On Election Eve, Reading the Transpo Tea Leaves


Though we found plenty of fodder this election season, transportation policy never emerged as a consistent talking point in the presidential race. This is more than a little surprising, considering the sad state of American infrastructure and the importance of same to this country's economic and strategic well-being. Then again, what kind of dialogue can we expect when one side's position can essentially be summed up in three words, two of which are "drill."

On this election eve, we turn to an unexpected source for a sober summation of the future of transport under either a McCain or Obama administration: the Pacific Shipper, "the Essential Transpacific News Weekly." In an insider-y feature story posted today, the Shipper susses out some of the main policy differences between the two candidates, from highways to waterways, and finds electeds and experts who think each is in for a rude awakening when it comes to funding.

Perhaps more than any national campaign in recent history, the major candidates have staked out very clear and decidedly different stances on transportation infrastructure investment.

McCain has made criticism of earmarks something of a crusade in his campaign, and says he wants to send more decisions on spending priorities to the states.

“I believe that a higher share of the taxes collected at the gas pump should go back to the state where those taxes were paid,” the Arizona Republican told the American Automobile Association, “and I’ve co-sponsored legislation that would allow states to keep almost all of their gas tax revenues for their own transportation projects without interference from Washington.”

“We’ve got a problem,” Mortimer Downey, a former deputy secretary of transportation in the Clinton administration and an adviser to the Obama campaign, told a public forum in Washington last week on transportation policy. “Infrastructure needs more investment. It is important, it is crumbling, and other countries are doing more than we are. We’ve got national issues we need to deal with, and transportation is the critical tool for doing that.”

He said the Obama camp has “a vision” for the next highway bill. “It should be a much better bill than the last couple. It shouldn’t have so many earmarks in it,” Downey said.

At the same forum, Douglas Holtz-Eakin, chief economic adviser to the McCain campaign, said the spending priorities are critical. “There is no area where earmarking has been more visible than in highway bills. We have to get more bang for the buck.”

Downey said the economy will make transportation programs more important. Obama favors, he said, “an economic recovery measure that would have infrastructure and get people working on, hopefully, small projects that would roll out quickly.”

After the jump, the Shipper looks at how the next admin might try to finance the 2009 federal funding package, and what the US Department of Transportation could look like under each.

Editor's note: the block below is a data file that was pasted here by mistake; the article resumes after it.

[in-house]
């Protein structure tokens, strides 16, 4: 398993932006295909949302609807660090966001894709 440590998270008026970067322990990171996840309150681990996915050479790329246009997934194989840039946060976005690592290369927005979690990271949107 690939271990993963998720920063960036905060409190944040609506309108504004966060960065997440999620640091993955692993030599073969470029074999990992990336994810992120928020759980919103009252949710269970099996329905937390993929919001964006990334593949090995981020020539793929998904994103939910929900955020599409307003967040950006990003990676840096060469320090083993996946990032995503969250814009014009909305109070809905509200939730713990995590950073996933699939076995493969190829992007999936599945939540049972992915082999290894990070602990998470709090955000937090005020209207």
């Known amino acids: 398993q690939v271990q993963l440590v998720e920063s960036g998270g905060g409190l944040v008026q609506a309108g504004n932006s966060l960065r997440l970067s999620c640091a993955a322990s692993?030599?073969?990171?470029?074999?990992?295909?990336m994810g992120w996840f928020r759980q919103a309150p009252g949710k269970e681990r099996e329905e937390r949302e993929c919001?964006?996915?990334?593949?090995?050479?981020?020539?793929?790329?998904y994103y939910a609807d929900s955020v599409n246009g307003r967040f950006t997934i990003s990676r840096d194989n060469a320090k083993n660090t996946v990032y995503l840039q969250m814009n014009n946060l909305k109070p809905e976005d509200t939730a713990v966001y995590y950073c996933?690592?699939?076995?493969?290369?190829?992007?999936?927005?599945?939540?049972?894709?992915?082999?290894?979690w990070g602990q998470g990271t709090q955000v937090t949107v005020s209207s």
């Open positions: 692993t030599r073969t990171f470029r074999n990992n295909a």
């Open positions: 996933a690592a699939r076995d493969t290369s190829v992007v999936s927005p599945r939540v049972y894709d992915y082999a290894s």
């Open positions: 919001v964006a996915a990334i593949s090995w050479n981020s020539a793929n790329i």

How either administration would pay for a highway bill remains an open question.

Obama has endorsed a $60 billion National Infrastructure Bank to invest in projects of a national priority.

McCain dismisses that idea. “The notion that there is a need for an infrastructure bank is not something the senator supports,” Holtz-Eakin said. He called the plan “reminiscent of Fannie Mae and Freddie Mac.”

At the agency level, industry observers believe the two would offer starkly different approaches to regulation.

Industry officials believe an Obama White House would work closely with the Democratic Congress on such agency-level issues, and a strong majority in the Senate would clear the way for broader actions in areas such as “card check” legislation to make it easier for labor unions to organize workers.

A McCain Department of Transportation, meanwhile, likely would look much like the last eight years under President Bush.

“I think a McCain DOT is going to be very similar to what we have now,” said the U.S. Chamber’s Kavinoky. “There has been speculation about Mary Peters staying on as DOT secretary. In that case, I think you would see a lot of consistency between a Bush and a McCain administration.”

“An Obama administration is starting over; they have to put all new people in place, develop reauthorization proposals, that could delay the process,” she said. “It’s not an easy task to develop legislative concepts that could get through (the Office of Management and Budget).”

And who would head up the next USDOT? The Shipper mentions Downey and Federal Aviation Administrator Jane Garvey as possibilities. Mary Peters tops the list of prospects under McCain, according to Congressional Quarterly, which also names Garvey as a potential Obama pick. A Politico piece picked up by Bike Portland says Reps. Earl Blumenauer and Jim Oberstar have been short-listed by Obama. And though we'd hate to lose her, New Yorkers have our local favorite.

Regardless of how little time the campaigns have devoted to the issue while on the trail, it will undoubtedly loom large for the next occupant of the White House, one way or another.

Graphic: Pacific Shipper